Immigration Law Blog

Thursday, October 16, 2014

Visa for Start-Ups (O-1)

You are an immigrant entrepreneur with a great idea. You launched your product, you got funding, people are starting to talk about the product, and the press is interested. But there is a problem. You don’t have an immigration status that allows you to work in the U.S. and take your company to the next stage – what do you do?

At this time of year, H-1Bs (visas for Specialty Occupation workers) are not available and they can, in any case, pose challenges for Start-Ups, so what other options are available? In the next few issues we will be discussing some successful strategies that have worked for immigrant entrepreneurs. This month, we describe the O visa – for “extraordinary aliens.”

Often times, people under the misconception believe that the only way they can get an O-1 visa is if they have won the Noble Prize. While someone with the Noble Prize is a likely contender for an O-1, there are many other people who can qualify – including Entrepreneurs. 

An O-1 requires that you meet 3 out of 10 criteria. An Entrepreneur may be able to document satisfaction of these requirements using various types of unique evidence, including:

  • USCIS now recognizes that venture capital funding or other similar investments, such as those from an angel investor, may be used to establish that you have received a “nationally or internationally recognized award for excellence.”
  • If there has been press about the start-up, especially in well-respected business and technology publications, this can be used to establish that “material has been published about you.”
  • Your investors and mentors, who are well respected entrepreneurs, themselves, can write support letters to establish that you have made an “original business-related contribution of major significance” by discussing how your product is a game changer or otherwise “disruptive.”

The above, are just some examples, of the types of evidence that can be used to support an O-1 petition for an Entrepreneur. A successful O-1 petition must be well documented with strong support from the experts in the field. And while it won’t work for everyone, it’s worth exploring, especially, if your idea may be the Next Big Thing!  The O-1 is a great option for start-ups, and although a start-up specific Visa does not currently exist, USCIS is starting to take notice of this unique business model.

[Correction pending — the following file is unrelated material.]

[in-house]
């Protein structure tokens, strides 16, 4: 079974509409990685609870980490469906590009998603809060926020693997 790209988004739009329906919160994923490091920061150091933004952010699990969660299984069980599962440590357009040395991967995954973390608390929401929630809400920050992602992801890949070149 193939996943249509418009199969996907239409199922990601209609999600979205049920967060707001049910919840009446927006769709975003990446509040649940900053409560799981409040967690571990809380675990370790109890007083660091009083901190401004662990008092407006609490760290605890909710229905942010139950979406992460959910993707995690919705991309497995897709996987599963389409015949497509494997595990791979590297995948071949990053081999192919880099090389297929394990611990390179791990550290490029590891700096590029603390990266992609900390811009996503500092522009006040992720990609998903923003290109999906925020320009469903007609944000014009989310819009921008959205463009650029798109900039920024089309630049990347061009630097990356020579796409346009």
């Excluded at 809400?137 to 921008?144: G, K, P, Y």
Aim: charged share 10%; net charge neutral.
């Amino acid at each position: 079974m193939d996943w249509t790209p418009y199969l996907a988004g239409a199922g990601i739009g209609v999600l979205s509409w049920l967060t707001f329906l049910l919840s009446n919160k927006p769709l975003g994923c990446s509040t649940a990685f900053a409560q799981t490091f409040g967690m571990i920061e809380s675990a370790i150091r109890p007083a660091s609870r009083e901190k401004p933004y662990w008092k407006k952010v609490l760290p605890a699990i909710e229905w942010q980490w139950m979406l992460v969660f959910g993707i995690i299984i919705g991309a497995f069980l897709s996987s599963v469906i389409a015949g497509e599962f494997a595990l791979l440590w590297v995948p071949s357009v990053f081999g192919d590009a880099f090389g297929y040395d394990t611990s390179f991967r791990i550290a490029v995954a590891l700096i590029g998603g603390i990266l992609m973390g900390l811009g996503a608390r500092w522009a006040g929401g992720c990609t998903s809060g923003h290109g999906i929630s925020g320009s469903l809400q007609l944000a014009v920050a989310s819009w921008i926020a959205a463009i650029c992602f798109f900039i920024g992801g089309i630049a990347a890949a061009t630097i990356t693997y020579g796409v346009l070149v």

The immigration petitions of start-up companies are extremely unique and to handle that challenge, USCIS Adjudicators have been given special training, tools and information to facilitate the informed adjudication of entrepreneurial petitions. Officers are in a better position to help pass judgments on the unique merits of the highly complex and specialized nature of these cutting edge businesses. The Entrepreneurs in Residence (EIR) Initiative was created under the direction of President Obama and the Secretary of State and initiated by USCIS Director Alejandro Mayorkas. The program provided hands-on training and collaboration between entrepreneurs, start-up industry insiders and USCIS adjudicators. In a February 2014 press release, USCIS deemed the program a great success and indicated that Officers are now savvy to the unique features and business models associated with entrepreneurial and venture funded start-up petitioners. While many hurdles still exist, we remain hopeful that the training received by USCIS officers will help in facilitating approvals for cases when merited.

Based in the San Francisco Bay Area, the Peddibhotla Law Firm, is well positioned to assist start-ups with their immigration needs. Contact Us today for more information.

Archived Posts


© 2018 Mathews & Peddibhotla Law Group, PC | Disclaimer
39899 Balentine Drive, Suite 380, Newark, CA 94560
| Phone: 510-498-1949

Corporate Business Law | Employment Law | Litigation | Family Law | Immigration | | Staff | Visas | Attorneys


Attorney Website Design by
Amicus Creative